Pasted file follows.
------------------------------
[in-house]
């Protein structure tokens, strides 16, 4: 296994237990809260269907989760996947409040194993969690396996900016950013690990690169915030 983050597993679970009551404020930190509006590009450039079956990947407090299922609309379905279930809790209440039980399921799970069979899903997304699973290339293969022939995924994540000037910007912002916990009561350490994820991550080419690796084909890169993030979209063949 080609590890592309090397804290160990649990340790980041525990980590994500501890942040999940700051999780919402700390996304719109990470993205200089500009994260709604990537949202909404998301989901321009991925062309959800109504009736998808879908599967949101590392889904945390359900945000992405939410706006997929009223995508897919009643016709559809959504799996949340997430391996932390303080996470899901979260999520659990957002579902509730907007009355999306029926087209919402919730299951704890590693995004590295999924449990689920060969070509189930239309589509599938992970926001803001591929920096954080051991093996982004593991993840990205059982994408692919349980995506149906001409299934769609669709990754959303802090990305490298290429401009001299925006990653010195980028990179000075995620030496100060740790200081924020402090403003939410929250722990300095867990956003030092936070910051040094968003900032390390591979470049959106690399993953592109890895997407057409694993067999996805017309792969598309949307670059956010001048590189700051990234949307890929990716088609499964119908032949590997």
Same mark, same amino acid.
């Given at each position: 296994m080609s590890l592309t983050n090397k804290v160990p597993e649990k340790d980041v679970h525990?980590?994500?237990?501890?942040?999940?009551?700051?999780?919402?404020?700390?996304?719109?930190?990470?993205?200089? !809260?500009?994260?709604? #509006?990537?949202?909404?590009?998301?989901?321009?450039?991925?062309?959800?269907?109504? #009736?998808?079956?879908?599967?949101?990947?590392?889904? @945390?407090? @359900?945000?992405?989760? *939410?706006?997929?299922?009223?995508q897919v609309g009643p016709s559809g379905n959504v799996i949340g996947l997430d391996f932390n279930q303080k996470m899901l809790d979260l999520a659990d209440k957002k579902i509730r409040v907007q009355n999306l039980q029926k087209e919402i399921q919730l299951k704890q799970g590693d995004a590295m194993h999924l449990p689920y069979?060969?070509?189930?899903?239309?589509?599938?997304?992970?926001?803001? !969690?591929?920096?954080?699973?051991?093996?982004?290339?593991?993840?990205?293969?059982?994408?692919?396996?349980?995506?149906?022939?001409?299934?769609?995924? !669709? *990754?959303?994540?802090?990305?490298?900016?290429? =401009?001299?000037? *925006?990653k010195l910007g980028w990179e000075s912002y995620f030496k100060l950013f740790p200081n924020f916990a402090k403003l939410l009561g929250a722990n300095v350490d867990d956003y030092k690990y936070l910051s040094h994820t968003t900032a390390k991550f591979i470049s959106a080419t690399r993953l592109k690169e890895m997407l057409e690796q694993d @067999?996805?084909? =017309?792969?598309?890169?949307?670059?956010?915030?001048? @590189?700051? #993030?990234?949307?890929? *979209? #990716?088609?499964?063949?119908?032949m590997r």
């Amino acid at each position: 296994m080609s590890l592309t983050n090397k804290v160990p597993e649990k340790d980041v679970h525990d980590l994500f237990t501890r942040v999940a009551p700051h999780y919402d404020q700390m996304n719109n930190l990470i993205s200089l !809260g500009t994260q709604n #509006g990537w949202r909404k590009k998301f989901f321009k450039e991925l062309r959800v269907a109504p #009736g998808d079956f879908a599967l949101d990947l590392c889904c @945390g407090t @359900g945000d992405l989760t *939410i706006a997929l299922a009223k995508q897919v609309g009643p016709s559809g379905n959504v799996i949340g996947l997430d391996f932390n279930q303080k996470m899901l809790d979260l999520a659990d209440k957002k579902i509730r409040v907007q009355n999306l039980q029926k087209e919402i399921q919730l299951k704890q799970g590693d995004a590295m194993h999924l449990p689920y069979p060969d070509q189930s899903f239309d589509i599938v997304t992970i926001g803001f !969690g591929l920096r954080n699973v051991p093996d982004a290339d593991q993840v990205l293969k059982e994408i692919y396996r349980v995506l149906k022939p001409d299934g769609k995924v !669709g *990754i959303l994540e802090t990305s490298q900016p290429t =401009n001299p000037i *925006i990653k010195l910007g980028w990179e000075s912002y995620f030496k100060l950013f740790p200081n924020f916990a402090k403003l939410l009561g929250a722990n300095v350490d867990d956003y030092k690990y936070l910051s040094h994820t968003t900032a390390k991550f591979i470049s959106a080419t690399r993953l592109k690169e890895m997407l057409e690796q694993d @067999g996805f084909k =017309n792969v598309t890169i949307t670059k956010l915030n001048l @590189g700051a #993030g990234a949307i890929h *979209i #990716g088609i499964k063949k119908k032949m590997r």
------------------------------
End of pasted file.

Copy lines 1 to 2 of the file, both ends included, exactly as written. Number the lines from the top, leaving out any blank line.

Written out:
[in-house]
């Protein structure tokens, strides 16, 4: 296994237990809260269907989760996947409040194993969690396996900016950013690990690169915030 983050597993679970009551404020930190509006590009450039079956990947407090299922609309379905279930809790209440039980399921799970069979899903997304699973290339293969022939995924994540000037910007912002916990009561350490994820991550080419690796084909890169993030979209063949 080609590890592309090397804290160990649990340790980041525990980590994500501890942040999940700051999780919402700390996304719109990470993205200089500009994260709604990537949202909404998301989901321009991925062309959800109504009736998808879908599967949101590392889904945390359900945000992405939410706006997929009223995508897919009643016709559809959504799996949340997430391996932390303080996470899901979260999520659990957002579902509730907007009355999306029926087209919402919730299951704890590693995004590295999924449990689920060969070509189930239309589509599938992970926001803001591929920096954080051991093996982004593991993840990205059982994408692919349980995506149906001409299934769609669709990754959303802090990305490298290429401009001299925006990653010195980028990179000075995620030496100060740790200081924020402090403003939410929250722990300095867990956003030092936070910051040094968003900032390390591979470049959106690399993953592109890895997407057409694993067999996805017309792969598309949307670059956010001048590189700051990234949307890929990716088609499964119908032949590997």